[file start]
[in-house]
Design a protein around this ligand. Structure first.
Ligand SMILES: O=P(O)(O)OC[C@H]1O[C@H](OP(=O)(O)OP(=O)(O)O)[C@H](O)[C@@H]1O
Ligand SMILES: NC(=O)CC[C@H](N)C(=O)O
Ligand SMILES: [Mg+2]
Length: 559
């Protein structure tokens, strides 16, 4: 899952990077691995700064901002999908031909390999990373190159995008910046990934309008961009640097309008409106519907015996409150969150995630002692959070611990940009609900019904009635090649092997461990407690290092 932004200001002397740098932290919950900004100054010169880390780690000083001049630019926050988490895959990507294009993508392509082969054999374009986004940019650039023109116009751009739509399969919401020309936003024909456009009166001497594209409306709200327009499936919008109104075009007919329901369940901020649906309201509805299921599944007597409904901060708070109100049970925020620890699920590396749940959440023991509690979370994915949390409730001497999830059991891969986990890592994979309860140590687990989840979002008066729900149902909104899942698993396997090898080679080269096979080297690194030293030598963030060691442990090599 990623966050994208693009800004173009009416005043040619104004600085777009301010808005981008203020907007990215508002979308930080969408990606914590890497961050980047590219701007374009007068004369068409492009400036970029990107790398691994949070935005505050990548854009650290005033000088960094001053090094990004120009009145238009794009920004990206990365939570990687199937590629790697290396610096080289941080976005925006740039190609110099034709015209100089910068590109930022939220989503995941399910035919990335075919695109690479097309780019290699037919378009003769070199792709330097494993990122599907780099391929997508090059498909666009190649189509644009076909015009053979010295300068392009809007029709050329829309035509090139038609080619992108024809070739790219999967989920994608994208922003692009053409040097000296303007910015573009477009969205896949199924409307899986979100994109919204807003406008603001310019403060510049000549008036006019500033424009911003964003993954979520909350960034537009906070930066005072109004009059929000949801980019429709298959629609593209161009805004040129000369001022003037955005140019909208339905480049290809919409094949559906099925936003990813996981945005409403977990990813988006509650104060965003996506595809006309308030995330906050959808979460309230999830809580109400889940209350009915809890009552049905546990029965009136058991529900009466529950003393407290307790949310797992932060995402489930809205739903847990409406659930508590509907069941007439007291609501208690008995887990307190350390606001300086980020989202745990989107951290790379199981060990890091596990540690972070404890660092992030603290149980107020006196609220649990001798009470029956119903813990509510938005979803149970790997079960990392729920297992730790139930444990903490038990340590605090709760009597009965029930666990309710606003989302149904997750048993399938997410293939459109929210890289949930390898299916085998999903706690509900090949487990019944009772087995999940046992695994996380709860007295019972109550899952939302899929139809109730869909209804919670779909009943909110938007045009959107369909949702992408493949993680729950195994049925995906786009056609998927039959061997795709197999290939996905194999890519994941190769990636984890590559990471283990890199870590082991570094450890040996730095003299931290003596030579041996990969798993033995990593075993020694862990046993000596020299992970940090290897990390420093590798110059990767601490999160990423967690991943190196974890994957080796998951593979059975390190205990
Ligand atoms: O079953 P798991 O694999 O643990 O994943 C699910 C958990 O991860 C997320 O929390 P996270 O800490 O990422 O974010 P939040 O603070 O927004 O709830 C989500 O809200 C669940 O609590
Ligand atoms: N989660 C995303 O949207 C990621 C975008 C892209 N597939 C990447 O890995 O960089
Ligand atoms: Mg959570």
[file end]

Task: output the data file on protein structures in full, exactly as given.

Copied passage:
[in-house]
Design a protein around this ligand. Structure first.
Ligand SMILES: O=P(O)(O)OC[C@H]1O[C@H](OP(=O)(O)OP(=O)(O)O)[C@H](O)[C@@H]1O
Ligand SMILES: NC(=O)CC[C@H](N)C(=O)O
Ligand SMILES: [Mg+2]
Length: 559
């Protein structure tokens, strides 16, 4: 899952990077691995700064901002999908031909390999990373190159995008910046990934309008961009640097309008409106519907015996409150969150995630002692959070611990940009609900019904009635090649092997461990407690290092 932004200001002397740098932290919950900004100054010169880390780690000083001049630019926050988490895959990507294009993508392509082969054999374009986004940019650039023109116009751009739509399969919401020309936003024909456009009166001497594209409306709200327009499936919008109104075009007919329901369940901020649906309201509805299921599944007597409904901060708070109100049970925020620890699920590396749940959440023991509690979370994915949390409730001497999830059991891969986990890592994979309860140590687990989840979002008066729900149902909104899942698993396997090898080679080269096979080297690194030293030598963030060691442990090599 990623966050994208693009800004173009009416005043040619104004600085777009301010808005981008203020907007990215508002979308930080969408990606914590890497961050980047590219701007374009007068004369068409492009400036970029990107790398691994949070935005505050990548854009650290005033000088960094001053090094990004120009009145238009794009920004990206990365939570990687199937590629790697290396610096080289941080976005925006740039190609110099034709015209100089910068590109930022939220989503995941399910035919990335075919695109690479097309780019290699037919378009003769070199792709330097494993990122599907780099391929997508090059498909666009190649189509644009076909015009053979010295300068392009809007029709050329829309035509090139038609080619992108024809070739790219999967989920994608994208922003692009053409040097000296303007910015573009477009969205896949199924409307899986979100994109919204807003406008603001310019403060510049000549008036006019500033424009911003964003993954979520909350960034537009906070930066005072109004009059929000949801980019429709298959629609593209161009805004040129000369001022003037955005140019909208339905480049290809919409094949559906099925936003990813996981945005409403977990990813988006509650104060965003996506595809006309308030995330906050959808979460309230999830809580109400889940209350009915809890009552049905546990029965009136058991529900009466529950003393407290307790949310797992932060995402489930809205739903847990409406659930508590509907069941007439007291609501208690008995887990307190350390606001300086980020989202745990989107951290790379199981060990890091596990540690972070404890660092992030603290149980107020006196609220649990001798009470029956119903813990509510938005979803149970790997079960990392729920297992730790139930444990903490038990340590605090709760009597009965029930666990309710606003989302149904997750048993399938997410293939459109929210890289949930390898299916085998999903706690509900090949487990019944009772087995999940046992695994996380709860007295019972109550899952939302899929139809109730869909209804919670779909009943909110938007045009959107369909949702992408493949993680729950195994049925995906786009056609998927039959061997795709197999290939996905194999890519994941190769990636984890590559990471283990890199870590082991570094450890040996730095003299931290003596030579041996990969798993033995990593075993020694862990046993000596020299992970940090290897990390420093590798110059990767601490999160990423967690991943190196974890994957080796998951593979059975390190205990
Ligand atoms: O079953 P798991 O694999 O643990 O994943 C699910 C958990 O991860 C997320 O929390 P996270 O800490 O990422 O974010 P939040 O603070 O927004 O709830 C989500 O809200 C669940 O609590
Ligand atoms: N989660 C995303 O949207 C990621 C975008 C892209 N597939 C990447 O890995 O960089
Ligand atoms: Mg959570």